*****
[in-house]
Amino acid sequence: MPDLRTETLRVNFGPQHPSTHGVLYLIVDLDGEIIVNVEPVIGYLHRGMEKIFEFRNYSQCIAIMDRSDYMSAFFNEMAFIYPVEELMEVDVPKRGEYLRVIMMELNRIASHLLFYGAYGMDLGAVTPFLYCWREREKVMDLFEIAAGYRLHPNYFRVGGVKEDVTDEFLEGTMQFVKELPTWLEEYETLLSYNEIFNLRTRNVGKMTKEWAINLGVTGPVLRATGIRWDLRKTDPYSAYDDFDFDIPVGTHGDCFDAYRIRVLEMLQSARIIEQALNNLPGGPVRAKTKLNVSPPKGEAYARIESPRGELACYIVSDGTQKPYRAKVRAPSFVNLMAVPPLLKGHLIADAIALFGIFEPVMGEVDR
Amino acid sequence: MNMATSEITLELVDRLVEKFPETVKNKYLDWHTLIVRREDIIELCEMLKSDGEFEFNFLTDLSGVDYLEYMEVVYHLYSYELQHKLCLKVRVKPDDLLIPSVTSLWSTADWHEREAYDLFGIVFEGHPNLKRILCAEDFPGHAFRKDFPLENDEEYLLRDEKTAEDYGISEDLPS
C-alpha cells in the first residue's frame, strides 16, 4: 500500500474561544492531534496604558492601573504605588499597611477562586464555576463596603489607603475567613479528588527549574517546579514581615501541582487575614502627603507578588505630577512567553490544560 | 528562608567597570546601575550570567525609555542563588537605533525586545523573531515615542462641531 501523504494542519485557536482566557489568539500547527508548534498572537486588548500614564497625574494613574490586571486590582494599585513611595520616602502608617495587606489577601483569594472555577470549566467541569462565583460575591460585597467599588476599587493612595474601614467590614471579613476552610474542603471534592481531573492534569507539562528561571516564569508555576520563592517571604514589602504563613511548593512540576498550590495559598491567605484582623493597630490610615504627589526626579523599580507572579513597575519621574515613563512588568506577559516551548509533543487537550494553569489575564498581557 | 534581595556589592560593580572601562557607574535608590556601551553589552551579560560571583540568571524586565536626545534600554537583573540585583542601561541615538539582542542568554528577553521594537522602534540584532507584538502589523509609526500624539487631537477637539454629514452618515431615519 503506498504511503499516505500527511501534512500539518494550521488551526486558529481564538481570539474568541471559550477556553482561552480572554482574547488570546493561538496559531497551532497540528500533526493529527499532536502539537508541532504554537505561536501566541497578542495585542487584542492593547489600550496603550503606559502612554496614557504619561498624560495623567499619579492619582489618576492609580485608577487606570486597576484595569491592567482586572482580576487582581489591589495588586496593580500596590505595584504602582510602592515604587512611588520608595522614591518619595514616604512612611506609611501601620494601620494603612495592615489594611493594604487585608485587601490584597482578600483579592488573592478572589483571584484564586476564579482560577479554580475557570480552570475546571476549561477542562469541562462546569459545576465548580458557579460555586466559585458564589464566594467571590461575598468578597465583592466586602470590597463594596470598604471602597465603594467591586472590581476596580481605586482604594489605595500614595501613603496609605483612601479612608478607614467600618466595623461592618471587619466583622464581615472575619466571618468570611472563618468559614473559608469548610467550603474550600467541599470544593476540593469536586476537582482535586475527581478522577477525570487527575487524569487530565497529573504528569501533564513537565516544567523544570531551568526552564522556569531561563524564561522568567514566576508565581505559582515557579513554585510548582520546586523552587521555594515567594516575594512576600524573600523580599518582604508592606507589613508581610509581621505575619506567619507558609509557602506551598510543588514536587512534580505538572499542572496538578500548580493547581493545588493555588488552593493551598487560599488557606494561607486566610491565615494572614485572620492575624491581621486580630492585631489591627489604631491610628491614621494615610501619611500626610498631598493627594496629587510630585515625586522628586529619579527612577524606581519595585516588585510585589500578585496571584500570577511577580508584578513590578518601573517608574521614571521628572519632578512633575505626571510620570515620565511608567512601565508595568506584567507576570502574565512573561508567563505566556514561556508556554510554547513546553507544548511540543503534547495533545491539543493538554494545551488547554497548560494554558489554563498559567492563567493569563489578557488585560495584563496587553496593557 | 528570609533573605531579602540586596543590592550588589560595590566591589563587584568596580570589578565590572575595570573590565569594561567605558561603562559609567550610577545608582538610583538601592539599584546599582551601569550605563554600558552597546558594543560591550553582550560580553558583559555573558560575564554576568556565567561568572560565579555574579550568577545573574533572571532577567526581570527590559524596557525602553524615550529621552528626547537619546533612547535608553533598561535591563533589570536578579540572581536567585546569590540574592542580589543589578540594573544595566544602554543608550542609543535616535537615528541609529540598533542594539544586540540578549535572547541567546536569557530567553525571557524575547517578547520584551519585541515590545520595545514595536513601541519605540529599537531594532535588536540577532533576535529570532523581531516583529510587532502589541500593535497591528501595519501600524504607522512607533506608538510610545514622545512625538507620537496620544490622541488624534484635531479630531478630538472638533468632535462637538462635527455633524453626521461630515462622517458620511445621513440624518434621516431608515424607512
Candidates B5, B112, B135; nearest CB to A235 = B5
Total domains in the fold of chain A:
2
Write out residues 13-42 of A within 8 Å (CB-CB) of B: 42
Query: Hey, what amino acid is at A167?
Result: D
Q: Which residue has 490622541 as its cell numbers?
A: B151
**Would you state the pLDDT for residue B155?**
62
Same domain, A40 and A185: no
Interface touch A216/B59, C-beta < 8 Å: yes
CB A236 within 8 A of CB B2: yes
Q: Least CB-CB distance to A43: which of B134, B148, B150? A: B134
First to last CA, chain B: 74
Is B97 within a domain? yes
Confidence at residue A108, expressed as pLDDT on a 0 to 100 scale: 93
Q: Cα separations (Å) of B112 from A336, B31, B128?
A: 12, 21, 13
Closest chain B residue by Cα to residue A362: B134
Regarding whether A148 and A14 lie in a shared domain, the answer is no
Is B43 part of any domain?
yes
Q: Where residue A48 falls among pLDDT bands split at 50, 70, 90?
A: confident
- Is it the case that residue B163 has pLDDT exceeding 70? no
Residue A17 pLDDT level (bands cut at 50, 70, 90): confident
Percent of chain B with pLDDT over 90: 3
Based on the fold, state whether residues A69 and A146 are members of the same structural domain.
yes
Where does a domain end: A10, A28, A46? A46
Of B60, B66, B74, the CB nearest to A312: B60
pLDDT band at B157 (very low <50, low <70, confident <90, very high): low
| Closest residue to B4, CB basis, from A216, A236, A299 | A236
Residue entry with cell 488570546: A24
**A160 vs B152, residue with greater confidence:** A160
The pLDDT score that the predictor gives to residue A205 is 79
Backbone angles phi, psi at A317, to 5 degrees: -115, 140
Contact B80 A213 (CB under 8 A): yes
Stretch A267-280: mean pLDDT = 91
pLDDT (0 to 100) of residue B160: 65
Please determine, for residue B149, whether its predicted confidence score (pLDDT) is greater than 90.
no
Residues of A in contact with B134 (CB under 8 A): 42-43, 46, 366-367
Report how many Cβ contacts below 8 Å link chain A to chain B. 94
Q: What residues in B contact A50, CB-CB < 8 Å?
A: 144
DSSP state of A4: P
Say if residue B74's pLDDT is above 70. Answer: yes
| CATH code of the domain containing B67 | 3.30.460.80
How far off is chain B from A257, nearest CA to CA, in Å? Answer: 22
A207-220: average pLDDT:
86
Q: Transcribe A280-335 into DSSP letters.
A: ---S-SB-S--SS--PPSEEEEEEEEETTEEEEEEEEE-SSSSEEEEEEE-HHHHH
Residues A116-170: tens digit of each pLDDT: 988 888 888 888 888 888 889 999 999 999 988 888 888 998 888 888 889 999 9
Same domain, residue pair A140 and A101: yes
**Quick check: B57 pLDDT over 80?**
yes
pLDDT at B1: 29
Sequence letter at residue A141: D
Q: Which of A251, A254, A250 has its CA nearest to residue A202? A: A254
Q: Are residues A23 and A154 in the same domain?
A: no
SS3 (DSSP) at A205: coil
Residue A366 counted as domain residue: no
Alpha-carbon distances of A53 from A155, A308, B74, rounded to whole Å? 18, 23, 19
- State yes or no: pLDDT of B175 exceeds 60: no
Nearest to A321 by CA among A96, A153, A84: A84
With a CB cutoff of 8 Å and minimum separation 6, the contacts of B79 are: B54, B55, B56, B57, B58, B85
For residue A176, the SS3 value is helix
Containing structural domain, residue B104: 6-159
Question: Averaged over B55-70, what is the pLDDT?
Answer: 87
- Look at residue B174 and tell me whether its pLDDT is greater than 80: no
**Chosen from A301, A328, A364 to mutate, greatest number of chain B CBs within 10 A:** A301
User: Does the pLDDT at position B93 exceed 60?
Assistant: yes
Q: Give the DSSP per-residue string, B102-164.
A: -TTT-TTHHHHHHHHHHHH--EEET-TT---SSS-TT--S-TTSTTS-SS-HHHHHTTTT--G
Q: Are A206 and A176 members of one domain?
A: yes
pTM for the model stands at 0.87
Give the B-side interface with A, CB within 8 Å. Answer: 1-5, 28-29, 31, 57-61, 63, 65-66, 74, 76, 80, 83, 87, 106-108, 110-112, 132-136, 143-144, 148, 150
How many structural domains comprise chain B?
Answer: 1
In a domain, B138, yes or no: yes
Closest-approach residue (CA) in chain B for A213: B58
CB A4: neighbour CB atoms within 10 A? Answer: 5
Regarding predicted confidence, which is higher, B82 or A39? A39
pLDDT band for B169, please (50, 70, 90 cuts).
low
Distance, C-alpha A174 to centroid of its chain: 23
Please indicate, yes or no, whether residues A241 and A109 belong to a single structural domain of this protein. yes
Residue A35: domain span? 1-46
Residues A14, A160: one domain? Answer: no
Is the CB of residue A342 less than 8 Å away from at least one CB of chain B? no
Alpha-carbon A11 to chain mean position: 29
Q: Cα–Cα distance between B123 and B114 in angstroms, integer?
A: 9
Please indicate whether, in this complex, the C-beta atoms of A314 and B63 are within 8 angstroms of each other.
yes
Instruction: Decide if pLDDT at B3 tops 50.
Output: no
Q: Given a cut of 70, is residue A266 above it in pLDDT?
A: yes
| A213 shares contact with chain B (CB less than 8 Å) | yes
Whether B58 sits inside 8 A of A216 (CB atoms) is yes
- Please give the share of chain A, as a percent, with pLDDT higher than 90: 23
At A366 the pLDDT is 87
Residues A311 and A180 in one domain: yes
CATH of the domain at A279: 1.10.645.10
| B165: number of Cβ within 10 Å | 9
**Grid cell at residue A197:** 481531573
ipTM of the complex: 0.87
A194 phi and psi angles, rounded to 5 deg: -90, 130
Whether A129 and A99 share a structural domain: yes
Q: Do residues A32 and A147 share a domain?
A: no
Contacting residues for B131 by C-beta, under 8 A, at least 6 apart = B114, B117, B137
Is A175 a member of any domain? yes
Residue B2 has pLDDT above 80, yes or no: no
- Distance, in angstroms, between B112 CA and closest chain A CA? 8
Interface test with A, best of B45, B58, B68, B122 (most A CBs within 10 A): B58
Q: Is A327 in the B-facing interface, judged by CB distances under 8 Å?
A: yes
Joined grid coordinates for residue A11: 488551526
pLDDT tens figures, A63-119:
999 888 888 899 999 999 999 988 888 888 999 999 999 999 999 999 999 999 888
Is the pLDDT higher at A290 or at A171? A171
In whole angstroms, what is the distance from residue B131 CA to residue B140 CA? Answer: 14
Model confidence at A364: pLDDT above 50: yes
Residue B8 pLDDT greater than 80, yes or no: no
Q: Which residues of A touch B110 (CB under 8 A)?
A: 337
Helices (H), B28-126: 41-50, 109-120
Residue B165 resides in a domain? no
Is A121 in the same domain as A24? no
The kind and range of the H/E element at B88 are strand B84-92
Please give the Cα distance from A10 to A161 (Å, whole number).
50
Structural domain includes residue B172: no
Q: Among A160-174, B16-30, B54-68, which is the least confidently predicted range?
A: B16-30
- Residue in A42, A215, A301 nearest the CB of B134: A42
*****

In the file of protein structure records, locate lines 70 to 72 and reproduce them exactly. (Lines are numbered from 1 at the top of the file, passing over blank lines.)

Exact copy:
Residue A366 counted as domain residue: no
Alpha-carbon distances of A53 from A155, A308, B74, rounded to whole Å? 18, 23, 19
- State yes or no: pLDDT of B175 exceeds 60: no